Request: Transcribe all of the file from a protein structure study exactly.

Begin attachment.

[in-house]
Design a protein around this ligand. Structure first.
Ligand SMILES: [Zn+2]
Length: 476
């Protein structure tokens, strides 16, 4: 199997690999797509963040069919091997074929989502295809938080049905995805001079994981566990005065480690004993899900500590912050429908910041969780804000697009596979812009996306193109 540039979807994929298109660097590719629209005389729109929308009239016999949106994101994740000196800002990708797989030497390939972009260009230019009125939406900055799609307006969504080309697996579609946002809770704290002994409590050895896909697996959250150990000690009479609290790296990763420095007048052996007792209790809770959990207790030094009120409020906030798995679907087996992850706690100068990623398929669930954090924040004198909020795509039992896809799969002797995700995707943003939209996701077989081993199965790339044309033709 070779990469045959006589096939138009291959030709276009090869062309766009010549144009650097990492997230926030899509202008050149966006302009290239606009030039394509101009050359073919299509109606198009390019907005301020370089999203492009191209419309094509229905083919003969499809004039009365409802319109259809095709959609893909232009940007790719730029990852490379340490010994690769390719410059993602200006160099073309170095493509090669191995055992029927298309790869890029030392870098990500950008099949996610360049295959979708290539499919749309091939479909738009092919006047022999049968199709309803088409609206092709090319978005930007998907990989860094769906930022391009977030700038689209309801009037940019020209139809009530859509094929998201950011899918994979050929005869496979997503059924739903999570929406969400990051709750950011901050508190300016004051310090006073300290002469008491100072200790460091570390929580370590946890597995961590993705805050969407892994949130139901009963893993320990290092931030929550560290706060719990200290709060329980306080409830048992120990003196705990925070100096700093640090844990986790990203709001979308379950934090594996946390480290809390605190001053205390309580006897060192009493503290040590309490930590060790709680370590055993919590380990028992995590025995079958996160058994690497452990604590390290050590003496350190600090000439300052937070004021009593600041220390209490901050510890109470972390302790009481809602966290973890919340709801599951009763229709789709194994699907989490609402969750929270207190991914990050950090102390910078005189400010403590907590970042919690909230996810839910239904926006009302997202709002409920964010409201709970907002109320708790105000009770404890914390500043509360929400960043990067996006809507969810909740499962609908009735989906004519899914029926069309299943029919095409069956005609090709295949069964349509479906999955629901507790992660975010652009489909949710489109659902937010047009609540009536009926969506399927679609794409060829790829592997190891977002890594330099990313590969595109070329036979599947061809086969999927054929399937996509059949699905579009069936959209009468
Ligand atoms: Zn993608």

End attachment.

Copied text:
[in-house]
Design a protein around this ligand. Structure first.
Ligand SMILES: [Zn+2]
Length: 476
């Protein structure tokens, strides 16, 4: 199997690999797509963040069919091997074929989502295809938080049905995805001079994981566990005065480690004993899900500590912050429908910041969780804000697009596979812009996306193109 540039979807994929298109660097590719629209005389729109929308009239016999949106994101994740000196800002990708797989030497390939972009260009230019009125939406900055799609307006969504080309697996579609946002809770704290002994409590050895896909697996959250150990000690009479609290790296990763420095007048052996007792209790809770959990207790030094009120409020906030798995679907087996992850706690100068990623398929669930954090924040004198909020795509039992896809799969002797995700995707943003939209996701077989081993199965790339044309033709 070779990469045959006589096939138009291959030709276009090869062309766009010549144009650097990492997230926030899509202008050149966006302009290239606009030039394509101009050359073919299509109606198009390019907005301020370089999203492009191209419309094509229905083919003969499809004039009365409802319109259809095709959609893909232009940007790719730029990852490379340490010994690769390719410059993602200006160099073309170095493509090669191995055992029927298309790869890029030392870098990500950008099949996610360049295959979708290539499919749309091939479909738009092919006047022999049968199709309803088409609206092709090319978005930007998907990989860094769906930022391009977030700038689209309801009037940019020209139809009530859509094929998201950011899918994979050929005869496979997503059924739903999570929406969400990051709750950011901050508190300016004051310090006073300290002469008491100072200790460091570390929580370590946890597995961590993705805050969407892994949130139901009963893993320990290092931030929550560290706060719990200290709060329980306080409830048992120990003196705990925070100096700093640090844990986790990203709001979308379950934090594996946390480290809390605190001053205390309580006897060192009493503290040590309490930590060790709680370590055993919590380990028992995590025995079958996160058994690497452990604590390290050590003496350190600090000439300052937070004021009593600041220390209490901050510890109470972390302790009481809602966290973890919340709801599951009763229709789709194994699907989490609402969750929270207190991914990050950090102390910078005189400010403590907590970042919690909230996810839910239904926006009302997202709002409920964010409201709970907002109320708790105000009770404890914390500043509360929400960043990067996006809507969810909740499962609908009735989906004519899914029926069309299943029919095409069956005609090709295949069964349509479906999955629901507790992660975010652009489909949710489109659902937010047009609540009536009926969506399927679609794409060829790829592997190891977002890594330099990313590969595109070329036979599947061809086969999927054929399937996509059949699905579009069936959209009468
Ligand atoms: Zn993608």